Amino Acids (Urine)
Significant progress in amino acid research has revealed a definitive link between amino acid imbalance and related symptomatology. This provides information on protein and nutrient cofactor adequacy, enzyme functionality, predisposition to various degenerative disorders, wasting syndromes, gastrointestinal dysfunction, neurological disorders, and impairments in detoxification, inborn errors of metabolism and a wide variety of clinical conditions. In the Urinary Amino Acids test more than 40 analytes are measured, providing valuable information on metabolic and nutritional imbalances.
Using a first morning urine specimen, the test can identify current amino acid status and any existing imbalances. Results can be utilised in the design of specific replacement therapy, aimed at restoring balance where necessary.
Due to renal conservation of amino acids, urine levels typically drop before plasma levels. Urine is also not subject to the circadian rhythm variation in amino acids that is present in blood, and excesses or deficiencies over a period of time can be more easily assessed. For these reasons, a Urinary Amino Acids test is more likely to reveal marginal deficiencies.
The measurement of urinary iodine (UI) provides an accurate approximation of dietary iodine intake in view of the fact that the majority of iodine ingested (~90%) is excreted via the urine. Therefore, UI measurements provide a biological indicator of Iodine Deficiency Disorders.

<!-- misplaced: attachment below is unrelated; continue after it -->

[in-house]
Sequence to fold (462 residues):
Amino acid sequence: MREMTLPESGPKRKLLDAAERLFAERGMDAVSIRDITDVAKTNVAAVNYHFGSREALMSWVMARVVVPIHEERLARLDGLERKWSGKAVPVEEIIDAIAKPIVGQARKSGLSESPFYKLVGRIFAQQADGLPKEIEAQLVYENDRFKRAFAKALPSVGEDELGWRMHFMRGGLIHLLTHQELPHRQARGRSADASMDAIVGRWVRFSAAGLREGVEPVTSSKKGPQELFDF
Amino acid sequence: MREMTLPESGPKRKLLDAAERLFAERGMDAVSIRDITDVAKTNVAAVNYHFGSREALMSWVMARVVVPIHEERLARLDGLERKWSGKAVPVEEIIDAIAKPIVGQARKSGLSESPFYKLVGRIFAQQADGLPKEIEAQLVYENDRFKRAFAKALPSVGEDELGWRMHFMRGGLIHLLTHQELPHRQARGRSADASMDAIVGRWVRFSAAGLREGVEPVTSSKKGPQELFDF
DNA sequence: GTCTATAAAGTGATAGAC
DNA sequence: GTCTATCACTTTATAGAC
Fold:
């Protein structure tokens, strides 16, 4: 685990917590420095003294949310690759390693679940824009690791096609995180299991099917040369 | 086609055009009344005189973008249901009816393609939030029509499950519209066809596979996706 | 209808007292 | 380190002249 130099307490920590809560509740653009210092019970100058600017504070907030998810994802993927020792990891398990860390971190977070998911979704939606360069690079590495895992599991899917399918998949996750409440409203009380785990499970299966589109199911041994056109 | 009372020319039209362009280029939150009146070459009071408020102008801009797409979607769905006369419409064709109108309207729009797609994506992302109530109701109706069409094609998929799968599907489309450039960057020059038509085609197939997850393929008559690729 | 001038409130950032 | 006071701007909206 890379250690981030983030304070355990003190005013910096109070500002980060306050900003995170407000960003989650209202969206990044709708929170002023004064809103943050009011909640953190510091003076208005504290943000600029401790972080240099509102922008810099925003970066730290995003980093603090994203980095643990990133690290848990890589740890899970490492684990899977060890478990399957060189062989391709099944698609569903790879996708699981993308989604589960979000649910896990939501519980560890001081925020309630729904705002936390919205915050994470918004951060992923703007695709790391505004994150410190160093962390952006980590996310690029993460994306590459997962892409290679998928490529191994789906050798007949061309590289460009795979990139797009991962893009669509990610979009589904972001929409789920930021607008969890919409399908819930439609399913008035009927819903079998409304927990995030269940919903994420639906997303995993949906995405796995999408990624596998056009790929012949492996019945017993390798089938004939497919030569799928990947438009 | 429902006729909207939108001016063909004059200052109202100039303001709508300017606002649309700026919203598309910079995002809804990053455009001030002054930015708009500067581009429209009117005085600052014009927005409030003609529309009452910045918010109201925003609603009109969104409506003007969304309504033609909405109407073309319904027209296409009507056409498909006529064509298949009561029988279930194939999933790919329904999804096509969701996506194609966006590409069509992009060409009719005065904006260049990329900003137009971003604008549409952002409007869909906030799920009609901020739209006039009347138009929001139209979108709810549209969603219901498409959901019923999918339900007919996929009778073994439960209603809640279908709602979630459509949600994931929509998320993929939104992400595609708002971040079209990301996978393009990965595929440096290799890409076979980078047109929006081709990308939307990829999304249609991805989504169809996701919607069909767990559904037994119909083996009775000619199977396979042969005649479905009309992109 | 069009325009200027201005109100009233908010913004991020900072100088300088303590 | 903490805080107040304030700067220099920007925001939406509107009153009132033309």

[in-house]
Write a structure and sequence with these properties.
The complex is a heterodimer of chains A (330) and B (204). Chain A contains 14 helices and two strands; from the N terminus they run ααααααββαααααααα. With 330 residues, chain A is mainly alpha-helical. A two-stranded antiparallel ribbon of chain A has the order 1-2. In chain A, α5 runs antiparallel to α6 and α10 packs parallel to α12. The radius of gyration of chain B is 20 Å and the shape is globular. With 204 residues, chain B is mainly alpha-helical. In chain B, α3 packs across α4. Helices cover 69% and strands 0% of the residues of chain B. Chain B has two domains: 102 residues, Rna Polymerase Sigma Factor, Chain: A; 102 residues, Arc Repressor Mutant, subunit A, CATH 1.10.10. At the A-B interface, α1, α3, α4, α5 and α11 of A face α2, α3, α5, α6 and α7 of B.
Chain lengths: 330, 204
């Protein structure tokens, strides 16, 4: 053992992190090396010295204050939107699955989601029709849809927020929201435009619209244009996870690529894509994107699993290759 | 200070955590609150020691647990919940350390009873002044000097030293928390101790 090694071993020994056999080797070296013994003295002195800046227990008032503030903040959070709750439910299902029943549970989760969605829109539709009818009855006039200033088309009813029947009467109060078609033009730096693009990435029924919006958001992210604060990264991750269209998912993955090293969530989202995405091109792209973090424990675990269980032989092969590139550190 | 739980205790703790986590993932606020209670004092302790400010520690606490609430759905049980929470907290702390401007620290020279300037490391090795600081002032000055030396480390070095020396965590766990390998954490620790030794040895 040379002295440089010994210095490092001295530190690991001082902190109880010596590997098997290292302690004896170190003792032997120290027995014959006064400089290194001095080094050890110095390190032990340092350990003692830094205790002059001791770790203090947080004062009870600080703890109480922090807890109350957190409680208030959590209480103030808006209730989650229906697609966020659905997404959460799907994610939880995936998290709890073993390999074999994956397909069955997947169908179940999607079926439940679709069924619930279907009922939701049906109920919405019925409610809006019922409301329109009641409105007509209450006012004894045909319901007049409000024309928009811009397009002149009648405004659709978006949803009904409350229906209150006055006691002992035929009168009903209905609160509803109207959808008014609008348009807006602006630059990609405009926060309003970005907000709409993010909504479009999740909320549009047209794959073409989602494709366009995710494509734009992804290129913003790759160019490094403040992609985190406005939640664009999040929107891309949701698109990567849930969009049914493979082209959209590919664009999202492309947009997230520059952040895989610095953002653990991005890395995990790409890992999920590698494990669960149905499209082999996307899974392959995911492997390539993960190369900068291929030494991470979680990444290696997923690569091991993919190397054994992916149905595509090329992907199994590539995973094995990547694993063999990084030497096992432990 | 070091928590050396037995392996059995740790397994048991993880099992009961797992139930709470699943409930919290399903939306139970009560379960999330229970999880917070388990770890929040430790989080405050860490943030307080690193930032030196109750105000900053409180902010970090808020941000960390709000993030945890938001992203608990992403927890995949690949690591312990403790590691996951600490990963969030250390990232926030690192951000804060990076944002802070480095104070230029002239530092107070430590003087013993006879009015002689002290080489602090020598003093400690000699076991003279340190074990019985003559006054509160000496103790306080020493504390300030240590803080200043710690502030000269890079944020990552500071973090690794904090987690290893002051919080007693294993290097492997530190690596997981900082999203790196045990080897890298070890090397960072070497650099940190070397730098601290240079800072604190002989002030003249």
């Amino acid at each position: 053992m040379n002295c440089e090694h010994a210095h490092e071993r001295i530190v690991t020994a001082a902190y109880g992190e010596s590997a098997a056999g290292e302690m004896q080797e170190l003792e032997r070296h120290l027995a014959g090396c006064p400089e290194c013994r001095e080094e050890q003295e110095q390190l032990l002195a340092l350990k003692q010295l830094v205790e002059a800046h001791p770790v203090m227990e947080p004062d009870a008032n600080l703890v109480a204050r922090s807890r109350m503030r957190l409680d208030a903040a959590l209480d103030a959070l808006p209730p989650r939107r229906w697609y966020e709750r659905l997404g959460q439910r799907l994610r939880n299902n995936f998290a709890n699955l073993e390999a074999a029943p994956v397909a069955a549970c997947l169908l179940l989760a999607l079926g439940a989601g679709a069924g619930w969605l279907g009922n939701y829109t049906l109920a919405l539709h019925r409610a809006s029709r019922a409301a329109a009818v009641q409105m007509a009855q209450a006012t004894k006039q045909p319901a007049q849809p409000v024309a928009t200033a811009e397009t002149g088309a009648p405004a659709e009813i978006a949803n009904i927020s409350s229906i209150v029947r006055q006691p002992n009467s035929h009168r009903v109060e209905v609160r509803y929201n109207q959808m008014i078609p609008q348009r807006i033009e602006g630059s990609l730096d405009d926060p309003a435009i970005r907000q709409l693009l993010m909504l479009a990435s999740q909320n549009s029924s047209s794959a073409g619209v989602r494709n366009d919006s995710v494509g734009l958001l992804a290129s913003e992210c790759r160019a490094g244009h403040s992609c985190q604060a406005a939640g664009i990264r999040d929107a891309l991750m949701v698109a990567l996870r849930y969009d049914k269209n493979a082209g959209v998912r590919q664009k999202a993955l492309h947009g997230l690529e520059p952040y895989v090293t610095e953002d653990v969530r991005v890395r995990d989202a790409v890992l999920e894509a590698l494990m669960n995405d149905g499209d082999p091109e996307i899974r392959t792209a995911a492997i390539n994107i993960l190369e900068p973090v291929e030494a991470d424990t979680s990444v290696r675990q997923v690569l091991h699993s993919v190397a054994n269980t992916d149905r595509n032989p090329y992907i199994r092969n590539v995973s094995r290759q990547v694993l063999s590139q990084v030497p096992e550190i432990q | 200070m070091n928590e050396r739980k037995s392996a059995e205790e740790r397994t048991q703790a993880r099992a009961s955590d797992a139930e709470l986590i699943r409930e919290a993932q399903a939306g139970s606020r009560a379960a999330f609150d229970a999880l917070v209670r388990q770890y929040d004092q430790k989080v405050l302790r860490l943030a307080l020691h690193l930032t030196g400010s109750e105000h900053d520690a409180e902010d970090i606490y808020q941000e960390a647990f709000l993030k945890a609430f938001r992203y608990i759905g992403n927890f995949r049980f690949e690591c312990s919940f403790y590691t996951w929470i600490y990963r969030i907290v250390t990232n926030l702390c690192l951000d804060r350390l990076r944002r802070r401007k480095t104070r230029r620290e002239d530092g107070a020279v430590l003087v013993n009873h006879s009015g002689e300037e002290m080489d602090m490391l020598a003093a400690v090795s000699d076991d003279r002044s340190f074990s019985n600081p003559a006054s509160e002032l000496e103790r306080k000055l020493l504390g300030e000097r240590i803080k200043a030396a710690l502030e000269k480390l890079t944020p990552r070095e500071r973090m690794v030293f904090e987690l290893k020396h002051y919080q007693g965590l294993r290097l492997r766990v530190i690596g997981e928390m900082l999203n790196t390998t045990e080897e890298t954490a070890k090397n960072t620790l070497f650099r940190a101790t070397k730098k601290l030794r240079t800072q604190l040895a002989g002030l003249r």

Iodine's main action is involved in thyroid function. Due to the numerous actions carried out by the thyroid, the implications of iodine deficiency are vast. The major hormone secreted by the thyroid is thyroxine, also called T4 because it contains 4 iodine atoms. To exert its effects, T4 is converted to T3 by the removal of one iodine atom. This occurs mainly in the liver and other tissues where T3 acts, such as the brain. Other actions include the formation and integrity of normal breast tissue, foetal brain development and function, and anti-microbial effects.
Osteoporosis Risk Assessment (NTx)
Osteoporosis affects over 75 million people, male and female, worldwide and places 1 out of every 2 women at risk of developing bone fractures. Unfortunately the disease is often not detected until it is well advanced and a bone fracture (most commonly the hip) may be one of the first symptoms. Early detection of osteoporosis can facilitate successful treatment and reduce the risk of further development of the disease.
The Osteoporosis Risk Assessment (NTx) is a urine test which measures the risk of osteoporosis by detecting the rate of bone resorption (breakdown) well before significant changes are obvious on bone mineral density scans. Research indicates that elevated bone resorption is the primary cause of age-related bone loss and low bone mass is the major cause of osteoporosis. Once osteoporosis has been diagnosed, quantitative measures of the excretion of cross-linked N-telopeptide (NTx), type 1 bone collagen, provide an indicator of human bone resorption.
The NTx marker can also be used to monitor the efficacy of anti-resorptive therapies such as hormone replacement (HRT) and/or calcium supplementation in postmenopausal women, individuals with osteoporosis and those with Paget's disease.